• DarkSide program proposes to develop and operate a series of novel liquid argon detectors for the detection of WIMPs.
  • DARWIN goal is to complete the necessary research for the construction of the ultimate dark matter detector, using several tons of liquid xenon and/or liquid argon for the direct detection of particle dark matter, pushing the sensitivity to new levels in order WIMP detection.
  • DEAP 3600 is a liquid Argon single phase detector. It is located at SNOLAB in Sudbury, Ontario, roughly 2 kilometers underground. As WIMPs travel through the detector, they will elastically scatter off argon nuclei and cause light to be emitted.
  • EDELWEISS experiment is dedicated to the direct detection of dark matter particles from within France’s Modane Underground Laboratory, but did not observe any WIMPs.
  • EURECA is a planned experiment that would seek to detect the scattering of WIMPs by atomic nuclei, using cryogenic detectors operating at millikelvin temperatures.
  • FGST-LAT Fermi Gamma-ray Space Telescope works to unveil the high-energy universe. There are also controversial hints of a dark matter signal from the center of the Milky Way from non-LAT collaboration.
  • GAPS is a proposed balloon-based indirect dark matter search focusing on antiparticles produced by WIMPs.
  • HESS observatory uses Imaging Atmospheric Cherenkov Telescopes, located in Namibia, to investigate very high-energy cosmic gamma rays from weakly interacting massive particles (WIMPs).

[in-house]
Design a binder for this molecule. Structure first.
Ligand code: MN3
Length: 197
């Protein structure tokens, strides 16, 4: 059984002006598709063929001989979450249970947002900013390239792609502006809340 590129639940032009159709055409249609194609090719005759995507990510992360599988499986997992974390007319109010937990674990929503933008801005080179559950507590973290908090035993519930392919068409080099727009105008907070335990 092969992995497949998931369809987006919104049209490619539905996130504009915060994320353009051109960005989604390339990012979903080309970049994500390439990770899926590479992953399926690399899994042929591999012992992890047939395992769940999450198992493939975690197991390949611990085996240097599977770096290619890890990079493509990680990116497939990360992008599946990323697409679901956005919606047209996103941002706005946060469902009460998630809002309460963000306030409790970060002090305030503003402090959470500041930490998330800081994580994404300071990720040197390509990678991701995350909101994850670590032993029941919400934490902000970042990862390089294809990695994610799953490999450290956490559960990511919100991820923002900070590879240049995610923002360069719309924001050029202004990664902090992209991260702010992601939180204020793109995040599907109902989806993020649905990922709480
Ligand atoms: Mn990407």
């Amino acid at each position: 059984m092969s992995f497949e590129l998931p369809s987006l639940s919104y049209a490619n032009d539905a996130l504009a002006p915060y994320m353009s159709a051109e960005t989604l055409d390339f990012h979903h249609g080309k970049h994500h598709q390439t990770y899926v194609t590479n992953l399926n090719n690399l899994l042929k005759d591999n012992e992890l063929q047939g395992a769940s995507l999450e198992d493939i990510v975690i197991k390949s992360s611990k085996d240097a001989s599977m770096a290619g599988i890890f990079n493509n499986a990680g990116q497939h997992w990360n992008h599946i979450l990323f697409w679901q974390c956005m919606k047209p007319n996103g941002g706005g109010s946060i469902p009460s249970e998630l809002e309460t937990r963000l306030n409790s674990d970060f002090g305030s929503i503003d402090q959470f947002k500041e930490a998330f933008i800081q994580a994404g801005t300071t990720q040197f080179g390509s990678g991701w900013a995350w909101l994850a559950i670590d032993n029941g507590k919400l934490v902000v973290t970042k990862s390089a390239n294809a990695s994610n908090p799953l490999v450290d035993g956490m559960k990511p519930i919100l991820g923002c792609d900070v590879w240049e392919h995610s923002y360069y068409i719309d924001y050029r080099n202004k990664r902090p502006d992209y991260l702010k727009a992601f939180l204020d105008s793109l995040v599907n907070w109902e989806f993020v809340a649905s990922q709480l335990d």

• HPS is hunting for new particles that mediate dark matter interactions, known as dark matter force particles, at Virginia's Jefferson Lab.
  • IceCube Neutrino Observatory is the world's largest neutrino detector at the South Pole that records the interactions of nearly massless subatomic particles. Dark matter may gravitationally cluster and begin to self-annihilate.
  • KIMS searches for WIMPs from within the preexisting Yangyang Pumped Storage Power Plant in Yangyang, Korea. There, several large, pure cesium iodide (CsI) crystals would light up with the detection of WIMPs.
  • LHC at CERN may produce dark matter particles if they are light enough, which could infer their existence from the amount of energy and momentum missing after a collision. More than 100 experimental physicists are part of this search for identify dark matter candidates.
  • LUX-ZEPLIN, will have a full 10 tons of xenon nearly a mile under the town of Lead, South Dakota, will wrap up in 2020.
  • LZ experiment is a planned second-generation dark matter experiment at South Dakota's Sanford Underground Research Facility. LZ will look for signals caused by the collisions of WIMPs.
  • MAGIC telescopes are ground-based, Imaging Atmospheric Cherenkov Telescopes located at the Roque de Los Muchachos, Spain, measure gamma-ray sources in the very high-energy range, which may result from annihilation of WIMPs.
  • MiniBooNE-DM is looking for signatures of such accelerator-produced high energy dark matter that scatter off nucleons, producing scintillation light which can be detected by photo-multiplier tubes.